Banks Tell Customers: Pay Up or Get Out!

With the broader market barely budging, shares of PNC Financial Services (NYSE: PNC  )  closed roughly 2.5% higher on news that the bank will no longer offer full-service checking accounts for free.

The decision should come as no surprise, and the bank acknowledges that the changes will likely only impact roughly 10% of its customers. Last month, PNC's CFO Rick Johnson had this to say about how the bank is viewing the new environment:

"The current retail banking model is built on giving away services -- free checking, free online banking and free deposits. All banks are in the process of rethinking the fair value exchange we have with our customers. And PNC is no exception."

While truly "free" accounts will no longer exist, most customers will avoid the fee by simply maintaining a certain balance or by linking a direct deposit to one's account.

As my colleague Matt Koppenheffer and I recently discussed, banks were able to justify the free checking account services because of the revenue they generated from interchange fees and overdraft fees. However, with new regulation limiting these fees, banks have had to adjust retail cost structures.

Bad for customers, great for investors
There's no two ways about it -- as consumer, being charged a fee is never fun, but from an investor's perspective, charging fees on certain customers to increase profitability is the right decision.

In order to avoid an extremely adverse consumer reaction like what Bank of America (NYSE: BAC  ) experienced when it proposed implementing a $5 monthly fee for debit card use for certain customers, communication will be essential, and PNC appears to be managing the changes in a prudent way -- most of the changes will not be effective until December or June 2014.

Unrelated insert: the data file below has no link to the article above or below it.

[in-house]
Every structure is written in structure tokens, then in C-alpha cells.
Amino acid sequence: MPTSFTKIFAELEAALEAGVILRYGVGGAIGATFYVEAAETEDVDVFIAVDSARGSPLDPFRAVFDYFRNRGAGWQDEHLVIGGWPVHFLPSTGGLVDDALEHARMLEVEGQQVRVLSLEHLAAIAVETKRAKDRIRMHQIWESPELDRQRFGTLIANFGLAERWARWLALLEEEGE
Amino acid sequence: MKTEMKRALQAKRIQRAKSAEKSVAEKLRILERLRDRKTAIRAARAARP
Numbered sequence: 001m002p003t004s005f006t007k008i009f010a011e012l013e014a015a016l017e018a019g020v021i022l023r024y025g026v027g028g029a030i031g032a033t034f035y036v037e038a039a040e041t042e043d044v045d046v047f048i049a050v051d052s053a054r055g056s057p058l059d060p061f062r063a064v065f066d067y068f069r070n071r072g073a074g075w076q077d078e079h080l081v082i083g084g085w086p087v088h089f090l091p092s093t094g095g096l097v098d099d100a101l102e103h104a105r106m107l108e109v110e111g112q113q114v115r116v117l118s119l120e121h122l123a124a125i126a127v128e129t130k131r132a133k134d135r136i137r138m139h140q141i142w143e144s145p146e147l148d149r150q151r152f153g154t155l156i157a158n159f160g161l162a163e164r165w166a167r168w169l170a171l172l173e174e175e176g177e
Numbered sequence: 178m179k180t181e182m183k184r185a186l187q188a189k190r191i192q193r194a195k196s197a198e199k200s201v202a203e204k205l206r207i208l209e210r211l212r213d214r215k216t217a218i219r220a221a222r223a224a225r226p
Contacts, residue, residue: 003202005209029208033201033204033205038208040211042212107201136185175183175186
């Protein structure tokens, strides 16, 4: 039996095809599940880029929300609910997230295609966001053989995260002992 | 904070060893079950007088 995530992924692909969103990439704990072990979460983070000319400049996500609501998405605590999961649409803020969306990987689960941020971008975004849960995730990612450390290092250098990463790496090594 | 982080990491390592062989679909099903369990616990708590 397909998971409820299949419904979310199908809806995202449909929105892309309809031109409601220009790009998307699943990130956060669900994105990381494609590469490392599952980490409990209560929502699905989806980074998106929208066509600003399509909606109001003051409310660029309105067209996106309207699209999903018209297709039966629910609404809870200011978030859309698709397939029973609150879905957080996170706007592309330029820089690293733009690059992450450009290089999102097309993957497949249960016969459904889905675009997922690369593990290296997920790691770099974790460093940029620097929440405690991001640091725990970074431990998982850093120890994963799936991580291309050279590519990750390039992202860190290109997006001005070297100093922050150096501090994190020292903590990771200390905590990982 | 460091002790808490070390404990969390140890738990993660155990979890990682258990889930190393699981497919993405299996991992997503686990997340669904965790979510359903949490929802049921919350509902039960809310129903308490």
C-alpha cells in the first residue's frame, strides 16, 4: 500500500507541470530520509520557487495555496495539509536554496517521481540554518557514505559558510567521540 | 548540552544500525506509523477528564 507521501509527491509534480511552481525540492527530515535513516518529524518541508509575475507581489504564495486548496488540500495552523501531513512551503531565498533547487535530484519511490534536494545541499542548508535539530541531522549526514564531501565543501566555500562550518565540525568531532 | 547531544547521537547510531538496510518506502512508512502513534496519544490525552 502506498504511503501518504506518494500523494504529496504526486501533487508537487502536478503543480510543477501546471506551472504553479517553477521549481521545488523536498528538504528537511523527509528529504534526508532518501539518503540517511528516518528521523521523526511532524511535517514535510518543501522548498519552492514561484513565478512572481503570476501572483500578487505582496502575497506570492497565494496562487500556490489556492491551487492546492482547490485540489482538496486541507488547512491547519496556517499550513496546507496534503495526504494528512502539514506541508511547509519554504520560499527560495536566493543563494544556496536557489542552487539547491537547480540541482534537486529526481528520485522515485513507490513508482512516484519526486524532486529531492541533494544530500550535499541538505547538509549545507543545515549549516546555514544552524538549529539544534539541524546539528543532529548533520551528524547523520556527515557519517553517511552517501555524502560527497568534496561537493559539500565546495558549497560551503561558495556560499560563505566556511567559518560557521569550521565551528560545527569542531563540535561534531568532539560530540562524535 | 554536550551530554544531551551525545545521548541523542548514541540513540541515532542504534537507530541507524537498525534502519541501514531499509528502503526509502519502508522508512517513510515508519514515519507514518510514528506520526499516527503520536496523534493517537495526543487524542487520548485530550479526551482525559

Source: www.pncsites.com

If done correctly, establishing or increasing a fee can avoid public outrage and be a great thing for shareholders. In late 2011, the beloved retailer Costco (NASDAQ: COST  ) clearly communicated to its member its intention to increase its annual membership fee by 10%, and in 2012, the company saw its highest annual membership renewal rate -- nearly 90% in the United States.

Will this fee become a huge money-maker for PNC? No, but it will allow the bank to focus on profitable customers and how it can best serve those customer that drive the most value for cross-sales opportunities.

A sweeping change
PNC is not the only bank with this strategy. Though without the same dramatics as its proposed debit card fee, Bank of America is aiming to migrate less-profitable customers into its eBanking Checking Account, a product that incurs no fee as long as the customer only transacts with the bank's electronic platforms such as ATMs and online bill pay.

In addition to squeezing more out of less-profitable customers, B of A is putting increasingly more resources around nurturing its most profitable customers through its Platinum Privileges program -- the bucket consisting only of customers with assets with the bank of greater than $50,000.

The retail banking model is no longer a one-size-fits-all business. Banks will become increasingly specialized and will continue to do what is most profitable for their shareholders.


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